By Ryan Patrick Hoselton
The year 2013 marks the 1,700th anniversary of the Edict of Milan. This decree has had a significant impact on the history of the Christian church, serving as a blueprint for religious freedom throughout the centuries. Emperors Constantine and Licinius published the document together, and although Licinius would later revoke the principles of the Edict, Constantine conquered him and enforced it throughout the Empire. Believers today should certainly celebrate this event because it took a major step towards alleviating the violent persecution directed toward Christians.
Here are some of the major points that the Edict stressed:
1) Freedom in worship is “of profit to all mankind.” Man’s relationship with God is his “first and chiefest care,” and in order for everyone to flourish in this pursuit, the State shouldn’t interfere.
2) Freedom of religion is beneficial to the State. The authors stated that the purpose of the Edict was for “establishing public tranquility.” Religious oppression facilitates violence and strife among citizens of the same society.
3) Civil equality belongs to all people regardless of one’s religion. In many areas of the empire, Christians were not allowed to own land and many churches were dispossessed of their properties. This Edict restored land to Christians and condemned any such civil discrimination based on religion.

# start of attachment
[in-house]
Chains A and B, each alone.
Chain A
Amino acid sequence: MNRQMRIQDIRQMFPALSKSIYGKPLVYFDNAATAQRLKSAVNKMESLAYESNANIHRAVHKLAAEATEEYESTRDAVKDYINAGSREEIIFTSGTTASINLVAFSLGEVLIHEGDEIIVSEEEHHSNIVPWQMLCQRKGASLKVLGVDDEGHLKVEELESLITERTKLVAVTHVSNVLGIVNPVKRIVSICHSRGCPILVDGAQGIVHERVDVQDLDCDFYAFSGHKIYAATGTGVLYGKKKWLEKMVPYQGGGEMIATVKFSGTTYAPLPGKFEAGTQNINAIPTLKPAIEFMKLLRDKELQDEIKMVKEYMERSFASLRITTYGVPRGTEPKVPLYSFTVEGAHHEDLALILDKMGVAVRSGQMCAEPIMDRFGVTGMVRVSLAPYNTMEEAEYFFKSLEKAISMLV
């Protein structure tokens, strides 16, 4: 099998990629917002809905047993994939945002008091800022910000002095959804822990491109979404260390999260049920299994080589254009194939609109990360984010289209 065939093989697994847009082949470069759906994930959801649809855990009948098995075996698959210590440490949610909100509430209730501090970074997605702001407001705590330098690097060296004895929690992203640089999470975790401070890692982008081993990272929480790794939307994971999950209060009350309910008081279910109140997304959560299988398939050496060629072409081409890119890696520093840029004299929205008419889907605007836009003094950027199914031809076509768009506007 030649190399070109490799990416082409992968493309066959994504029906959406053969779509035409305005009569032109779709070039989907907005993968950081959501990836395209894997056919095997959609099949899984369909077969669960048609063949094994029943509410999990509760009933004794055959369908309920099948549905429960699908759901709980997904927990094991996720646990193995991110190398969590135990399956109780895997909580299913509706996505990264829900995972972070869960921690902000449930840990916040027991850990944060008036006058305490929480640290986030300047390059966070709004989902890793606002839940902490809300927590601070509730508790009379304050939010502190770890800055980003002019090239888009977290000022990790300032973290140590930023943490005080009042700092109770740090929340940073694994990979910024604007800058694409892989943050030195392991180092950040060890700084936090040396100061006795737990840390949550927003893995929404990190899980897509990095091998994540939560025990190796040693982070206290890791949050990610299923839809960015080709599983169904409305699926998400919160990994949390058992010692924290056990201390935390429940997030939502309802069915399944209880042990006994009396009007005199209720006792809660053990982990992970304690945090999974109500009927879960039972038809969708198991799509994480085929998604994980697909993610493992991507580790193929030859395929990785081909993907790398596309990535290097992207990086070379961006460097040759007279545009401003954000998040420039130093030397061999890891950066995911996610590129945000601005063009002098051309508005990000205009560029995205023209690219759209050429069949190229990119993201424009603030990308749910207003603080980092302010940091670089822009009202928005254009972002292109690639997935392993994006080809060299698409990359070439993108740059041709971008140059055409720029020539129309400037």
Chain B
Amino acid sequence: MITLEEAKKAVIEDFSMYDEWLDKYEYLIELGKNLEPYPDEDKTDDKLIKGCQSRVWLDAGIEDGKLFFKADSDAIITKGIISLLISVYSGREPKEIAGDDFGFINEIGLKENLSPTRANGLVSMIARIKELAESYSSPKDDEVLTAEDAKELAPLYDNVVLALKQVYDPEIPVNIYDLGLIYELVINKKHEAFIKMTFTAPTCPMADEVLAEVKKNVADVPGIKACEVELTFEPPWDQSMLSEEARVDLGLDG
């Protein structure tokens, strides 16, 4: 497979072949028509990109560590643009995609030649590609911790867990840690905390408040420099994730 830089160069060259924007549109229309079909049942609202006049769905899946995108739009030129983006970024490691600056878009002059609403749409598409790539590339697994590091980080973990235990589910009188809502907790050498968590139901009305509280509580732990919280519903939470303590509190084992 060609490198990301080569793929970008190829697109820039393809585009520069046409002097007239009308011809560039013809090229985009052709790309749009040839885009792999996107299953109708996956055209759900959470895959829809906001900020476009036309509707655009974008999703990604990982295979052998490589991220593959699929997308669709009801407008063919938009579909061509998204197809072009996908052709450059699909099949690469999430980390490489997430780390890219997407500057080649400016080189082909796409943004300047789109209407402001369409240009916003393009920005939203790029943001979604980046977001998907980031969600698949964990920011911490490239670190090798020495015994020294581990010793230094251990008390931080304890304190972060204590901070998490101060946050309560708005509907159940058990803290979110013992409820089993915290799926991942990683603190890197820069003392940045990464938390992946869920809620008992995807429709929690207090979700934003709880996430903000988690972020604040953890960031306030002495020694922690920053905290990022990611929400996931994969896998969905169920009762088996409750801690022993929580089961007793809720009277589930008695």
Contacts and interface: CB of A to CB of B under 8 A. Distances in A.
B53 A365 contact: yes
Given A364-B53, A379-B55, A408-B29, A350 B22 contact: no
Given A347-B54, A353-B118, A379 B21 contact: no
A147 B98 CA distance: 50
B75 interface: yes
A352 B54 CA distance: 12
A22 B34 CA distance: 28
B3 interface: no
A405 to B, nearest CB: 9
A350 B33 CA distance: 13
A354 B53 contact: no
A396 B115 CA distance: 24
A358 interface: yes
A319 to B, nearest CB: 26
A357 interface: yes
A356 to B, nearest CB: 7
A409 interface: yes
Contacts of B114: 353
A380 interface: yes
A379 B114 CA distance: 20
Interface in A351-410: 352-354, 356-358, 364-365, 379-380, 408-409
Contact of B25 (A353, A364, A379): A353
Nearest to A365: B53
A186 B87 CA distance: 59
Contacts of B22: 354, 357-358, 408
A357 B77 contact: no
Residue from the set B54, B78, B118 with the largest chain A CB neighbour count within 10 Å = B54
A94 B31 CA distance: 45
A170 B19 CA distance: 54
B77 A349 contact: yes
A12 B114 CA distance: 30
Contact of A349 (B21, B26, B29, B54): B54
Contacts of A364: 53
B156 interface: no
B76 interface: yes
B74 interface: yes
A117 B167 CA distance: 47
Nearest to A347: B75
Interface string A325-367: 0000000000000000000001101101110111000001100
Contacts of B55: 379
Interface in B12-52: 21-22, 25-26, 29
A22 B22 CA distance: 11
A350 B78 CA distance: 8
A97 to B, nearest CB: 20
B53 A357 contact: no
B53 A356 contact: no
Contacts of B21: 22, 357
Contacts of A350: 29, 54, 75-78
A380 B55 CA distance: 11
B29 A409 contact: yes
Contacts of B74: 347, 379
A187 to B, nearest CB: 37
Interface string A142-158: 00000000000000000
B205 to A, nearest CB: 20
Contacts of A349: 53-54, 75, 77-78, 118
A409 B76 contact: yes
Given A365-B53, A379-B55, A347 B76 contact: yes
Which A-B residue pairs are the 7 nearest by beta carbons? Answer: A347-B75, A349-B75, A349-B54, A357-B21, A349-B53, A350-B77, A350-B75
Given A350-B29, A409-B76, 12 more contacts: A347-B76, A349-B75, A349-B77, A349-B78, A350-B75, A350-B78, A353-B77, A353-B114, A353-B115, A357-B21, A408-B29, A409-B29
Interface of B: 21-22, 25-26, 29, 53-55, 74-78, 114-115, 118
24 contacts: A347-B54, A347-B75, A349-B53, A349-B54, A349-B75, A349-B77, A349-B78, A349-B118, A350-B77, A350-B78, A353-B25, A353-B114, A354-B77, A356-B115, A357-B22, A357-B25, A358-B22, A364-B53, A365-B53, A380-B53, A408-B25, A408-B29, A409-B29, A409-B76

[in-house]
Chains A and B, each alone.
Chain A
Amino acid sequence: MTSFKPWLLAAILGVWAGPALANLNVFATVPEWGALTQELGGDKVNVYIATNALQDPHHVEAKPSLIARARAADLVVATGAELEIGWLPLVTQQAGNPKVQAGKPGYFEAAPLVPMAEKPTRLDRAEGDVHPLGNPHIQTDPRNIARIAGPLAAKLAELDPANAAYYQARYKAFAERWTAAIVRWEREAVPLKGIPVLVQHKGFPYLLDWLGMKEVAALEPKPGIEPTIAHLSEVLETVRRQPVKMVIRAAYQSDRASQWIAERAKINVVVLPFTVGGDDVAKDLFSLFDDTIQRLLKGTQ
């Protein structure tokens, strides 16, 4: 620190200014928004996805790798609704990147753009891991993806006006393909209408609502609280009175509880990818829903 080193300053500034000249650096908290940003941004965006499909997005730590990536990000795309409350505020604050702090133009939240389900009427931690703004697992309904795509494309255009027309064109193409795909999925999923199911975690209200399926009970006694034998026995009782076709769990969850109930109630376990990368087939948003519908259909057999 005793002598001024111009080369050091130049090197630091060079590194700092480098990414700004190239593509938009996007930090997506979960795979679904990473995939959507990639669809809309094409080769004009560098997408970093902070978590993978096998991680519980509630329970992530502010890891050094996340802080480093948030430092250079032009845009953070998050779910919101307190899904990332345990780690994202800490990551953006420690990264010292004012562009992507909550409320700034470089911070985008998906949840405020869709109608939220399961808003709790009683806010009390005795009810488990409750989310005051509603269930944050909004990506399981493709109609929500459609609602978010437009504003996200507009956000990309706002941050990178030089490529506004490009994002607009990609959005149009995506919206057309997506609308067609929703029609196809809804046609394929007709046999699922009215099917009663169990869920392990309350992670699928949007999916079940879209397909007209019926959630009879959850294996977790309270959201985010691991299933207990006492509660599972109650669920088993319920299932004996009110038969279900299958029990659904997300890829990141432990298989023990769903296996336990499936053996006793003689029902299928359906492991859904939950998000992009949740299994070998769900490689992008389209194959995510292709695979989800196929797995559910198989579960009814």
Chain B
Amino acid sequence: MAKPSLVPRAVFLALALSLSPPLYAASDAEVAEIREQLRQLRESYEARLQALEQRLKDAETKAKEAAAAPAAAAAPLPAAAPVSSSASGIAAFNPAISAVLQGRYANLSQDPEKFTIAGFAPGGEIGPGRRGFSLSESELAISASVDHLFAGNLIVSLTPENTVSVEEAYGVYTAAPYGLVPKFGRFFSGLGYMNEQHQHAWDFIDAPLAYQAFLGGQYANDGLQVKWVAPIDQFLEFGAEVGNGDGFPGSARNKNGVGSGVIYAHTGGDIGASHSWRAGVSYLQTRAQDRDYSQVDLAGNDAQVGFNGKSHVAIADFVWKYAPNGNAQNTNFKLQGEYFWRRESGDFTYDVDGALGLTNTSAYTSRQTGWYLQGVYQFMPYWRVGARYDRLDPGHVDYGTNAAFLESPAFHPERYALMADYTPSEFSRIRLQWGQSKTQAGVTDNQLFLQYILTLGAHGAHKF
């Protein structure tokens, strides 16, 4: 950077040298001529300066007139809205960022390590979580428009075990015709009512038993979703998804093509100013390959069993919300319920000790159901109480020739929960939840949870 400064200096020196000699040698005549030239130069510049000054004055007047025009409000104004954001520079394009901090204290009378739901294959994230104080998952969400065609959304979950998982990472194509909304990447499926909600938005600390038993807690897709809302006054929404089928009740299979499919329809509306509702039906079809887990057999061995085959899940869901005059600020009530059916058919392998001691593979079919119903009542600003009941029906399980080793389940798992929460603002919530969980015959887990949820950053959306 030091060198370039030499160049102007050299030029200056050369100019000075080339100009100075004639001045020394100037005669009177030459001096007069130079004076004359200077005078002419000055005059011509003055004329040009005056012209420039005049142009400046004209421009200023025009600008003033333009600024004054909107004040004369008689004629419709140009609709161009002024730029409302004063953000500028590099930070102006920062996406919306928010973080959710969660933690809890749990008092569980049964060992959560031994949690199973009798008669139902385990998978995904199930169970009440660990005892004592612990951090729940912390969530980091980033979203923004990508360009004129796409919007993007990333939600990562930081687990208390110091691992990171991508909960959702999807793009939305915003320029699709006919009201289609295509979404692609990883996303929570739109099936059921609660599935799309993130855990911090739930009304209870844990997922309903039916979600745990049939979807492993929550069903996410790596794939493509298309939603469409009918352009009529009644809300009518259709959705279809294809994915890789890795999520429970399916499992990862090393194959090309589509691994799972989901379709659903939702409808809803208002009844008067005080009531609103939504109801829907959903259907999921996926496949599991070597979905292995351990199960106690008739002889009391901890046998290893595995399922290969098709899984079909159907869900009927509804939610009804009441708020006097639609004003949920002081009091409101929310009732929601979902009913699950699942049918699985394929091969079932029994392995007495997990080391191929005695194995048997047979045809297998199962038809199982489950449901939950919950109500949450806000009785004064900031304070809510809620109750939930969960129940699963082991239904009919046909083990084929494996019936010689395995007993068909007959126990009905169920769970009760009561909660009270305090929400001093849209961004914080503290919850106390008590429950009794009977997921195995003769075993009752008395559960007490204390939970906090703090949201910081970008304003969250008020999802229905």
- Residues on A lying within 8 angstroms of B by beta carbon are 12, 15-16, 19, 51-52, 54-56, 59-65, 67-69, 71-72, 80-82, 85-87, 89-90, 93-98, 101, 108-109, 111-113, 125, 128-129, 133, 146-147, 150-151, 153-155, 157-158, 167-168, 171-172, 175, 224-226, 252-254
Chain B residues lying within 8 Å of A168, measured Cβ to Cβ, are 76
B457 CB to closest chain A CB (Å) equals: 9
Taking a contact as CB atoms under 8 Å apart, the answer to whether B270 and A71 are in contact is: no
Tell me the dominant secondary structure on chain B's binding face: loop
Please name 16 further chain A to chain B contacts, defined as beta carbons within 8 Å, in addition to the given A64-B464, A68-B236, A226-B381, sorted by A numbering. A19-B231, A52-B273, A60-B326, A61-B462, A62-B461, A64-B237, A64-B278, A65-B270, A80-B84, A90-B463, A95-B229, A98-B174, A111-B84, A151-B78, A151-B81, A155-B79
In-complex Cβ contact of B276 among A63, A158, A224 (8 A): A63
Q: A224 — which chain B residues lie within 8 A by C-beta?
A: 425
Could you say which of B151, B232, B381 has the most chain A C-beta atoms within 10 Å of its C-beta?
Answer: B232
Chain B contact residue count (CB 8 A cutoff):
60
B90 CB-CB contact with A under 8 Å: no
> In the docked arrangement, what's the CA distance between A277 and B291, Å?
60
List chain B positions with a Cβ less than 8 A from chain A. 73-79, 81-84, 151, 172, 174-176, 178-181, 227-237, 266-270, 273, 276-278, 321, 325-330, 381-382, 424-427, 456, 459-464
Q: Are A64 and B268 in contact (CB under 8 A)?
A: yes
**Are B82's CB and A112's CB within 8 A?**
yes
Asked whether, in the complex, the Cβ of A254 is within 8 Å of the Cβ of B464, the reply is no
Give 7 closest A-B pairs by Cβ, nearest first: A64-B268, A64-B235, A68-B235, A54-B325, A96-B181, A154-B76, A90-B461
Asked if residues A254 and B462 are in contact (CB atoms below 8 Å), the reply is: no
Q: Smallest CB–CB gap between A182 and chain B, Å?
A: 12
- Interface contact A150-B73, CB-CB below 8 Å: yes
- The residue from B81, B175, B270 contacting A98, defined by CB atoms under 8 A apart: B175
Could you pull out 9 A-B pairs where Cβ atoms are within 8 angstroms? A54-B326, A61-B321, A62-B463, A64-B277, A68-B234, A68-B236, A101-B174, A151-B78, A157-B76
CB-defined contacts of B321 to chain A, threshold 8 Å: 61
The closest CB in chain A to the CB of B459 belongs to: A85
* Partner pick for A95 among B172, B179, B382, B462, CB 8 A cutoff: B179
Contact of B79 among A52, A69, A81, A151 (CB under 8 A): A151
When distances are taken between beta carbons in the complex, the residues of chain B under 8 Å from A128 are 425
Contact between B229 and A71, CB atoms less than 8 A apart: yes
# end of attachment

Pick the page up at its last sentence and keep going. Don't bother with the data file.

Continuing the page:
4) The Emperors believed that this Edict would win divine favor, resulting in success and happiness in their realm.
History has proven time and again that State coercion in religious matters has not fared well for those societies—even “Christian” ones. Christians should actively promote religious freedom throughout the world. Even more, we should treat humans of all faiths with dignity and fairness. The Apostles never resorted to force but always employed respectful and passionate persuasion to draw others to Christianity (Acts 17.4, 18.4, 19.26, 26.28, 2 Cor. 5.11). Christians living in societies that guard religious freedom are indebted to the Edict of Milan.
Constantine and Licinius, “The ‘Edict of Milan’,” in Documents of the Christian Church, translated and edited by Henry Bettenson (London: Oxford University Press, 1963), 22.
Ryan Patrick Hoselton is pursuing a ThM at The Southern Baptist Theological Seminary. He lives in Louisville, KY with his wife Jaclyn, and they are expecting their first child in August.